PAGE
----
Last night I went to go see The Killers play at Manchester Arena.
I love seeing them live, so bought a pair of tickets I think on pre-order. It was that long ago I’ve actually forgotten.
For a number of reasons, people who were supposed to be going couldn’t and I was even unable to give the ticket away before heading to Manchester. It was interesting that people have told me, in the past, to say “yes” more. Yet I must have asked over 15 people if they would like a free concert ticket and lifts to and from the venue and couldn’t find anyone.
I’d resolved that I would go and I’d give my spare away to anyone who wanted it or sell it to a tout to make some money back. So I got to the Arena and stood, and looked, and learnt some interesting things.
I saw a guy asking for a ticket so went to go speak to him, pretending I was just walking past. I’d put him at certainly being retirement age. He told me a story that he usually gets tickets for free because he writes concert reviews, but that he hadn’t been given a ticket for this one and only had £5 to buy a ticket with. He was unkempt and his clothes were dirty and he had a small broken suitcase lying dumped on the floor at his feet.
I was dubious. The story just didn’t add up. I thought he was actually a homeless person who’d got some money and was wanting somewhere warm to spend part of the night. I guess the decision was whether I would have been comfortable sitting next to him for 4 hours, and I wasn’t. The tickets were in my name of anything had gone wrong and wouldn’t just have been me that had to sit next to him, it was someone else too. I don’t think I’ve ever consciously judged someone in the way that quickly before.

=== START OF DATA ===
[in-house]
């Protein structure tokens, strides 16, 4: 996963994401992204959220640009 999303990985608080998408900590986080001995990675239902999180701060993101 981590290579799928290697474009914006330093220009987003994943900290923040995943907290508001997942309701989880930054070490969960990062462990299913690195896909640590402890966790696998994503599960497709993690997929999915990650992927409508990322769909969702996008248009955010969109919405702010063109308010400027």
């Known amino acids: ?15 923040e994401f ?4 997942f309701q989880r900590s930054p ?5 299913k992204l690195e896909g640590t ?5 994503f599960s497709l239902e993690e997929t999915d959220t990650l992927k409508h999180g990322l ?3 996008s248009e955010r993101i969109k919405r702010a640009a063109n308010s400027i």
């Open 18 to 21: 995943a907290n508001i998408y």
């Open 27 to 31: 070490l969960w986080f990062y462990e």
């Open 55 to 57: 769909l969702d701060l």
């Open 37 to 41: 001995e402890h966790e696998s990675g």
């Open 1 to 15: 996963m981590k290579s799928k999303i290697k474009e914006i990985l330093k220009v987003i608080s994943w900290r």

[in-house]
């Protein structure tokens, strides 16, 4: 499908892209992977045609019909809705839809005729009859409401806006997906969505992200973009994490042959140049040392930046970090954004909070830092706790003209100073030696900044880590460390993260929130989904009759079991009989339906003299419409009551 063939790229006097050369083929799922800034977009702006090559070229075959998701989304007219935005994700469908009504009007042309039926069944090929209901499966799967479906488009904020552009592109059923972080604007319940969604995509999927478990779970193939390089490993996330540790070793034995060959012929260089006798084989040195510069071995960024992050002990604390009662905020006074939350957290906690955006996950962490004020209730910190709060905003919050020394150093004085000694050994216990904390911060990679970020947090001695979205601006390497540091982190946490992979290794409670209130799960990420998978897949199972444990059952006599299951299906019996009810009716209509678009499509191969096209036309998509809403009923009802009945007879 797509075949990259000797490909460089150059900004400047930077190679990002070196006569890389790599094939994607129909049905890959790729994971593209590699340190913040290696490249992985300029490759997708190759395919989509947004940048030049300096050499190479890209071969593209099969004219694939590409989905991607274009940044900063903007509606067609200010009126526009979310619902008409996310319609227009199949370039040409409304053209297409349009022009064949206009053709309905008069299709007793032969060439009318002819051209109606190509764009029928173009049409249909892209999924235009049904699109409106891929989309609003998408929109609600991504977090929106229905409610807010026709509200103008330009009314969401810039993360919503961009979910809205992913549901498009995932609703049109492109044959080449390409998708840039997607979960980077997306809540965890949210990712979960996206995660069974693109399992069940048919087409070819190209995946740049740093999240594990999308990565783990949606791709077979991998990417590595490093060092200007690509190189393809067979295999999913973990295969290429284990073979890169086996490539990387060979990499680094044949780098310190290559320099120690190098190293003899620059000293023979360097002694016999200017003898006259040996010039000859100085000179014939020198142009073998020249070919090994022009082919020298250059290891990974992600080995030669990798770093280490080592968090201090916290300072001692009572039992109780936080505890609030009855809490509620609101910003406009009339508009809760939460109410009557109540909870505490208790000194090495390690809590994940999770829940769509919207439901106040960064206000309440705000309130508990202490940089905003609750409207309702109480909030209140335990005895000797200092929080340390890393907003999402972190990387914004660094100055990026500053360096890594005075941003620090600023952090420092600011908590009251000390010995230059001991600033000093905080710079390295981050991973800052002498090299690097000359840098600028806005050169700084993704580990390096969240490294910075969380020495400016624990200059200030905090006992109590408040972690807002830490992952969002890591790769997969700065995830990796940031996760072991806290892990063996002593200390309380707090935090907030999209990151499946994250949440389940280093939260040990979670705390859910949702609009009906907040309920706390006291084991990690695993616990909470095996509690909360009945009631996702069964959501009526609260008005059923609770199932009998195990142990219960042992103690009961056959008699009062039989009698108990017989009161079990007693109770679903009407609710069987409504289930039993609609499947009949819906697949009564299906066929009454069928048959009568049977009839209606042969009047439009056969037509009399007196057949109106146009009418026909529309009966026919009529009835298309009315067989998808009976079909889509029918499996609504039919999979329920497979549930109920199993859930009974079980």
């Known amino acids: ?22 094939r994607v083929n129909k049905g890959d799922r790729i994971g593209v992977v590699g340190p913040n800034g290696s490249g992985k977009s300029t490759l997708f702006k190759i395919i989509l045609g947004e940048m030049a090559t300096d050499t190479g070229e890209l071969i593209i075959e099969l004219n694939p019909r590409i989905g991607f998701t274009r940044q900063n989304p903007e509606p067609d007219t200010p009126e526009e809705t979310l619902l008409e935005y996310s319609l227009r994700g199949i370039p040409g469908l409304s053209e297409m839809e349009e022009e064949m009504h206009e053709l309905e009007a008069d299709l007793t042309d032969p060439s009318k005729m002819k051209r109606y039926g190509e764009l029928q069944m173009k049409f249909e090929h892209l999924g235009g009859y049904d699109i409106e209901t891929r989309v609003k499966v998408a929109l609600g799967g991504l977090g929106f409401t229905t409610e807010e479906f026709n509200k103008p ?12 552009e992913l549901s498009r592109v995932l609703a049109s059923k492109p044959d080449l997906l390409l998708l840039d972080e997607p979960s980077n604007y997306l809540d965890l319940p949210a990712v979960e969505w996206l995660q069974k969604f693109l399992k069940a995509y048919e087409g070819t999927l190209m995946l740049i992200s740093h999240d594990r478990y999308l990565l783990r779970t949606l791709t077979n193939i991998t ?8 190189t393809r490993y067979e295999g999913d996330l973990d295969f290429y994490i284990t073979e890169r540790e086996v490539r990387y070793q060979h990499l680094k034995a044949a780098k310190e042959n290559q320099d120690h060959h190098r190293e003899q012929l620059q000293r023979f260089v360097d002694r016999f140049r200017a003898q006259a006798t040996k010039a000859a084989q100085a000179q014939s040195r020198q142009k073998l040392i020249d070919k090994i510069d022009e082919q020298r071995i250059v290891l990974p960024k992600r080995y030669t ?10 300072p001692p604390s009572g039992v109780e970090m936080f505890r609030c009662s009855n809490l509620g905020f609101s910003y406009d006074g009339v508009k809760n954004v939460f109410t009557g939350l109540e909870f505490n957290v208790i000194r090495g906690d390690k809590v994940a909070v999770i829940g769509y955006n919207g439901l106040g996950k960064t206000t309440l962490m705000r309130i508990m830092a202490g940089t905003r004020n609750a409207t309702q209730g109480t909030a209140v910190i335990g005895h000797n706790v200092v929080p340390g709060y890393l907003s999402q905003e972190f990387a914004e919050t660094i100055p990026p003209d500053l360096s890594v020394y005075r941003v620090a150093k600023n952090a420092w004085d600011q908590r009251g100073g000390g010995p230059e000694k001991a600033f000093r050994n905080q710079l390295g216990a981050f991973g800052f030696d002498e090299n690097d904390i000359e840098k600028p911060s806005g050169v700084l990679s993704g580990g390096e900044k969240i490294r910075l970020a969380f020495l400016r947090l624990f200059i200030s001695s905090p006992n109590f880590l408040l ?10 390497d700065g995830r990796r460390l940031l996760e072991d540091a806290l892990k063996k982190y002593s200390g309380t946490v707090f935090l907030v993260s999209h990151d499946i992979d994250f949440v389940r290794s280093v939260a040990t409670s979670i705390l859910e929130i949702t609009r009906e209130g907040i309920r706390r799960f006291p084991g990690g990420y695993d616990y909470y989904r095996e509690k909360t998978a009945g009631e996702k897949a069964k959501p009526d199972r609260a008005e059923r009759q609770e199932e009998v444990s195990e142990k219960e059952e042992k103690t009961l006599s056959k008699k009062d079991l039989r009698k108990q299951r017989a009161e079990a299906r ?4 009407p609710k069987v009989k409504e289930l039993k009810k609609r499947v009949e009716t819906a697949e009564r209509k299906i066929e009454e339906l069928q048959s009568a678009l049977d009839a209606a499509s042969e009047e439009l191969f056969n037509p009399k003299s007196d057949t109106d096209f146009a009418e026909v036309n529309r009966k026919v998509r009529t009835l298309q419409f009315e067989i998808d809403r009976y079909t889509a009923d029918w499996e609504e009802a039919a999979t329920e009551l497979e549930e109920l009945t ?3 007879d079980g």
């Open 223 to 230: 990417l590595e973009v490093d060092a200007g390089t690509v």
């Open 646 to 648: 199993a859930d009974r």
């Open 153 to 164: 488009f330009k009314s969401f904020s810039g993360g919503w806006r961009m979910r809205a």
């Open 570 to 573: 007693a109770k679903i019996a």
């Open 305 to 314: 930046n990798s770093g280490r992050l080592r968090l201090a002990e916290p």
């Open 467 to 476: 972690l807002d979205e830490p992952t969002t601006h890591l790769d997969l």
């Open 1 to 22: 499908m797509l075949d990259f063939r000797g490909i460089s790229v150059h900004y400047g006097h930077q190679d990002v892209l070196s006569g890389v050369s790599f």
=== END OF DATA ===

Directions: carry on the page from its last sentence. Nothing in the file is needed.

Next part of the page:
But then I decided to put the boot on the other foot, subconsciously, and if I couldn’t find anyone looking for a ticket, I would ask a stranger if they would like to go. Maybe fortunately, I don’t know, but it’s amazing how few people walk through a station on their own in the evening!
That left me with only the option to sell the ticket to a tout. I stood there and watched them “at work”. I saw people walk up to them and walk away, shaking their heads, presumably as they were told how much the tout was trying to sell for. It crossed my mind that I could sell both my tickets for a little more than face value and see whether I could a ticket for The War On Drugs who were also playing in Manchester last night, but I wanted to go see The Killers and my ticket was for a seat, making it useless to a group.
I huffed and puffed and realised that I couldn’t bring myself to sell a spare ticket to a tout. For what I expected them to offer me, I couldn’t bring myself to let them make so much profit out of something I’d already bought by selling it to someone who really wanted to go to the show. I shouldn’t have cared about that – I just have been bothered about recouping some money, but it just didn’t feel right to me.
There’s a cliche to add to this post about not winning the raffle if you don’t buy a ticket, but I can’t quite work it out. I didn’t realise that having a spare one would give so many opportunities and decision, though.